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Nanfang Weekend: The First Massive Layoffs in China

[Editor’s Note: Nanfang Weekend reported that, due to the reduction in the rate of growth of China’s economy, Chinese companies have started their first round of massive layoffs. These companies range from the global ones to Chinese brand names and from state-owned enterprises to local small businesses. Although the layoffs are taking place quietly in many places, they are widespread and their impact has been devastating. The following is a translation of an excerpt from the article.] [1]

With the exception of 2008 when the financial tsunami affected China’s economy, China’s economy has grown without a hitch for the past ten years. Today, however, it is different. “Layoffs,” which have seldom happened in China, are starting to show up here and there.

Those industries on which the macro-economy have the most profound influence and the companies that are at the forefront of the economy have been the first victims of the wave of layoffs.

On August 14, 2012, Motorola announced a 20% reduction (about 4,000 people) in its global workforce and a plan to close one third of its 94 offices around the world. Earlier, the world’s number one cell phone manufacturer, Nokia, announced that it would lay off 10,000 employees globally, which is the largest layoff in Nokia’s history. In some divisions in China, one-third of their employees have been let go.

Also earlier, Heilongjiang Longmay Mining Holding Group, Co., Ltd, the largest coal company in the North-east area of China, initiated a plan to lay off a total of 12,000 people, while the second largest coal company in China is delaying its layoffs by initiating incremental pay cuts.

There is a long list of large companies that are laying people off. However, the list of small companies that have the same problem is much longer. Although layoffs are not news in the U.S. and in European countries, this is the first time that massive layoffs have occurred in China.

I. Though Quiet, the Situation Is Disturbing

On August 3, 2012, Wang Dongping from Jiangxi Province pedaled his pedicab as usual in Liushi Town, Leqing City, Zhejiang Province, to solicit customers. Business has become more and more difficult, because many customers who had previously hired pedicabs have become pedicab drivers themselves.

Wang explained, “I have to do this job because there is no more work at our factory.” Drivers rent the pedicabs on a monthly basis. One year ago, hardly anyone ever came to the pedicab rental office, but “now unemployed workers line up at the door. More than 800 pedicabs have been added to the business since the beginning of the year.”

Liushi Town was known as “the capital city of China’s electric appliances.” It was densely crammed with more than one thousand enterprises. According to Vice Executive President Huang Zhongping of the Zhejiang Provincial Electric Appliances Industry Association, “In recent years, the industry’s revenue has increased by 20 to 30 percent each year.” However, the regulation of real estate and the European debt crisis have caused the industry to suffer a 10 percent decrease in sales in 2012 as compared to a year ago, which means a net revenue decrease of 30 to 40 percent for the industry.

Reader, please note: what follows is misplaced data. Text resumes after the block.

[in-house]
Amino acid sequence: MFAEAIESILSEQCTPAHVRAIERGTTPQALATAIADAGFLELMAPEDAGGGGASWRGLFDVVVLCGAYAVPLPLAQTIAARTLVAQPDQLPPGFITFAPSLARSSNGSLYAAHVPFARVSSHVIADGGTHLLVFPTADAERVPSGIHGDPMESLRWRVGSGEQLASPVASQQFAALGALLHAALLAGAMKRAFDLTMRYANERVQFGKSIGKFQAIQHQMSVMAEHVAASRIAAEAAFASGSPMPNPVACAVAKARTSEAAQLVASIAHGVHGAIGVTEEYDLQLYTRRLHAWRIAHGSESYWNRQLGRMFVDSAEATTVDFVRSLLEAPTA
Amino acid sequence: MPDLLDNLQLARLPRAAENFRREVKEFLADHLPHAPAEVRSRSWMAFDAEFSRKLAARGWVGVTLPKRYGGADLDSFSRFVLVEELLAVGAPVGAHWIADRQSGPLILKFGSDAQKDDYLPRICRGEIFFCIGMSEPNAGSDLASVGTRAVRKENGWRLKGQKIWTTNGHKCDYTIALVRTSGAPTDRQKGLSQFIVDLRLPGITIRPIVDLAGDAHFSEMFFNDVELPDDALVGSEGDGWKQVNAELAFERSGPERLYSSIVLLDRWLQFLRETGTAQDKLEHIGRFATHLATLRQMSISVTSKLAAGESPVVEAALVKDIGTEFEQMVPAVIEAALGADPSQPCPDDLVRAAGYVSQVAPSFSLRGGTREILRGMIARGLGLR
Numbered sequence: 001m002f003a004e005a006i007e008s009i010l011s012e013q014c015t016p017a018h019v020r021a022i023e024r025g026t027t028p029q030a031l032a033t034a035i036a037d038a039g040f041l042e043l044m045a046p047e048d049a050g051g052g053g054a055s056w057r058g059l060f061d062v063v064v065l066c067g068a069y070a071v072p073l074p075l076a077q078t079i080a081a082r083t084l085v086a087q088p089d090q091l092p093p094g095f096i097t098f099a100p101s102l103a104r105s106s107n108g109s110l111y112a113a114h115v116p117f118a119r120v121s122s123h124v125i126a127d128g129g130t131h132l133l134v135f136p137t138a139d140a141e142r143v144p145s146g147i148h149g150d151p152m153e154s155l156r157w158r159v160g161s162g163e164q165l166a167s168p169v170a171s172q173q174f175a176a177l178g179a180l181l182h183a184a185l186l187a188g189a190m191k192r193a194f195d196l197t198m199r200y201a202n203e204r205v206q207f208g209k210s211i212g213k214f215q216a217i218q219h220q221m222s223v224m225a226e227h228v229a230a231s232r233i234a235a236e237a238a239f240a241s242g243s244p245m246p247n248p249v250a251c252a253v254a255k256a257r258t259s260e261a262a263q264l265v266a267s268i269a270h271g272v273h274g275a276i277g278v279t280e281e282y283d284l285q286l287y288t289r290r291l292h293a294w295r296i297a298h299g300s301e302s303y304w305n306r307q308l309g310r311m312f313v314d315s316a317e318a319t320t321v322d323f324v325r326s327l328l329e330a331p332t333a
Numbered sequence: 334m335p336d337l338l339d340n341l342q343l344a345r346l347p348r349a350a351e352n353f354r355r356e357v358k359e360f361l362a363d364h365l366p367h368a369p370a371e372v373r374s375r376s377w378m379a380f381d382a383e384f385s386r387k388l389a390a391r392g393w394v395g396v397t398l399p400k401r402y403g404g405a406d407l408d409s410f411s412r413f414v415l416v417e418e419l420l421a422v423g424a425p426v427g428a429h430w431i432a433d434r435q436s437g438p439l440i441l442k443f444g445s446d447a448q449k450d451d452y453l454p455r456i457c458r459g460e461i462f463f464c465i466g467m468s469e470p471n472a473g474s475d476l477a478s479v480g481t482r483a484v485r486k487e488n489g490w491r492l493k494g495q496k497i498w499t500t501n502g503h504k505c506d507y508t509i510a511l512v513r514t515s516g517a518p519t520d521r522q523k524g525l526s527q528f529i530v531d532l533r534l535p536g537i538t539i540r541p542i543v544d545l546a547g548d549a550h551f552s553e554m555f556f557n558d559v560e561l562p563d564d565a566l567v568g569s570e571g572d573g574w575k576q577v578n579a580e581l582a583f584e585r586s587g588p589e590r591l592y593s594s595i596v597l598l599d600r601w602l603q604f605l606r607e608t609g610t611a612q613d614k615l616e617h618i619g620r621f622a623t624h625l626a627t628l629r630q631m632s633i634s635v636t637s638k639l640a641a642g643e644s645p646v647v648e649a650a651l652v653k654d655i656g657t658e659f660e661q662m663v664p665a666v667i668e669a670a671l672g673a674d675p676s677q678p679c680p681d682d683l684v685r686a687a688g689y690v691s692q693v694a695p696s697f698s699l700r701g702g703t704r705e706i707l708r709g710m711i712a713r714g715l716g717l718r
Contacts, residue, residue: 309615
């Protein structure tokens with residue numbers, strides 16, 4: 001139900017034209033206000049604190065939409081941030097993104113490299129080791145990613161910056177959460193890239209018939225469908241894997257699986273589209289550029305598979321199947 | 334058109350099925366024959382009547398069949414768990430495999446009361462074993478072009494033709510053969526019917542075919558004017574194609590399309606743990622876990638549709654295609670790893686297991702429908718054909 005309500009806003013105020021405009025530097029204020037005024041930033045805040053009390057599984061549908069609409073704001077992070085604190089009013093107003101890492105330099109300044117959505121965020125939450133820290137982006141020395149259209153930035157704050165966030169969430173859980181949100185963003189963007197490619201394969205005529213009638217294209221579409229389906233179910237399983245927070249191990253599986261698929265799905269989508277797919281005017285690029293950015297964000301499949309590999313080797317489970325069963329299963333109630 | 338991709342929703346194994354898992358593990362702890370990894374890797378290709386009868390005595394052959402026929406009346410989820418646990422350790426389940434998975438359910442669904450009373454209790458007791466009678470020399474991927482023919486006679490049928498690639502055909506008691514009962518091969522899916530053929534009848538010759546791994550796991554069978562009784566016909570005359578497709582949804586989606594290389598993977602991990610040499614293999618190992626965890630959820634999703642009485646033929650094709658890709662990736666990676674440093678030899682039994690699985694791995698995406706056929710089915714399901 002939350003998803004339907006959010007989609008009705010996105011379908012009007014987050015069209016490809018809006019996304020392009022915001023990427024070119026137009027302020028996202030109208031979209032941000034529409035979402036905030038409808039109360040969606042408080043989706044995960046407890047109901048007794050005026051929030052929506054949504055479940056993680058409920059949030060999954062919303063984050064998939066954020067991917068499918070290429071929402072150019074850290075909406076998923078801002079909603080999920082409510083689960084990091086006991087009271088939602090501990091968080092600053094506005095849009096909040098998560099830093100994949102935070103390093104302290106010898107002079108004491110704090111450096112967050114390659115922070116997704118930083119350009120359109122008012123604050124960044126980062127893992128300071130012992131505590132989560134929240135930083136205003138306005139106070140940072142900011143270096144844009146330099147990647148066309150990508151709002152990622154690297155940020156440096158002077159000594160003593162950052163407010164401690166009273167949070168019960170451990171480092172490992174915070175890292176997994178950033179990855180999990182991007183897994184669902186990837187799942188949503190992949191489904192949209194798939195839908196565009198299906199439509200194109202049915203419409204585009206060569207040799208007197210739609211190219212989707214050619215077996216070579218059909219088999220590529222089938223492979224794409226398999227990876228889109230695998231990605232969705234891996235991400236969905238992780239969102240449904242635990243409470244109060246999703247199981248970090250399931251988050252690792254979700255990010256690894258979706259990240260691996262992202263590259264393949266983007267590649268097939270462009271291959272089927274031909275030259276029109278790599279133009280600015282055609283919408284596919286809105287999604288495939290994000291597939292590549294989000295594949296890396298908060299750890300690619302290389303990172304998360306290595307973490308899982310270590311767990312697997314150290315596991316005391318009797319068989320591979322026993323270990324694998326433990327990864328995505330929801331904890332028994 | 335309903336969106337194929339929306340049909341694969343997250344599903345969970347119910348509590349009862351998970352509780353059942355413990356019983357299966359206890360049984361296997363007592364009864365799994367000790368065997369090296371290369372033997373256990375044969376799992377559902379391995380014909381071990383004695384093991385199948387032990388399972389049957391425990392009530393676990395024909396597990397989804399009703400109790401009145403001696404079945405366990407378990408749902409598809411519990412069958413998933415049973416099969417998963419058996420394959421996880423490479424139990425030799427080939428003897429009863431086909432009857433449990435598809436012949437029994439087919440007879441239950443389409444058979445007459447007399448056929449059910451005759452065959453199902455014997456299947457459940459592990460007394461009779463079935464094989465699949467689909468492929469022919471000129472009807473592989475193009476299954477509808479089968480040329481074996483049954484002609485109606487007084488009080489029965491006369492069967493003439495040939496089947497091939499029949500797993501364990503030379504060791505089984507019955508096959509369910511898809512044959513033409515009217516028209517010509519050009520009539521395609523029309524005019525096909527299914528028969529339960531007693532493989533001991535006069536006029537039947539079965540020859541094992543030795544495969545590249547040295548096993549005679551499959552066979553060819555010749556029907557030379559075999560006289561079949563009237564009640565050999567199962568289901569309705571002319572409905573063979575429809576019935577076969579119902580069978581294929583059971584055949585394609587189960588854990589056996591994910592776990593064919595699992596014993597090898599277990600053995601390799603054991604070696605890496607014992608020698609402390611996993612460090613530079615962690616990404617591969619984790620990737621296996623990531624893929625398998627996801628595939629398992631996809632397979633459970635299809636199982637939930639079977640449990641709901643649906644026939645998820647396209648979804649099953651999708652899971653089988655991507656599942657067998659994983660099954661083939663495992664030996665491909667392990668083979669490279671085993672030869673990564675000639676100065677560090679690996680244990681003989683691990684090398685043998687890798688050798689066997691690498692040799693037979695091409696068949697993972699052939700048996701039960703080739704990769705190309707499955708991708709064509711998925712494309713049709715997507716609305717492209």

Wang Dongping’s wife, who had a job at a small factory producing printed circuit boards, was told that there was only enough work for her to do for one more week. “Her boss was nice. After paying her salary, he also gave her an extra 200 yuan (US $30) to buy a train ticket home.”

Huanghua Town in Leqing City is worse (than Liushi Town). Shipbuilding is another important industry in Leqing City. Huanghua Town is one of the most important shipbuilding centers.

Su Junshan was working hard on a ship. He and more than 40 others got the welding contract from the Xinshun Shipyard Group to build three ships.

Su faced a dilemma. The sooner he completed the three ships, the more money he would make, but finishing the ships would mean he would then be out of work. These three ships are among the only ships currently under construction in Leqing.

In 2005, the ship-building industry in Leqing was in its heyday. China’s economy was developing rapidly, and the demand for ocean freight had increased significantly. Goods were shipped either out of China or into China. The demand for vessels increased dramatically. China quickly became the world’s largest shipbuilding country.

The Baltic Dry Index (BDI) is the barometer for the international dry bulk cargo shipping market. [2] The index reached 11,033 in 2007, but by February 2012, that number had slid down to 651, which was even lower than the historical low set by the global financial crisis in 2008. Su Junshan’s and Huanghua Town’s fates are tightly tied to this index. At the height of the industry, there were over 150 vessels being constructed at the same time in Huanghua Town. Now, only around a dozen ships are being built in all of Leqing.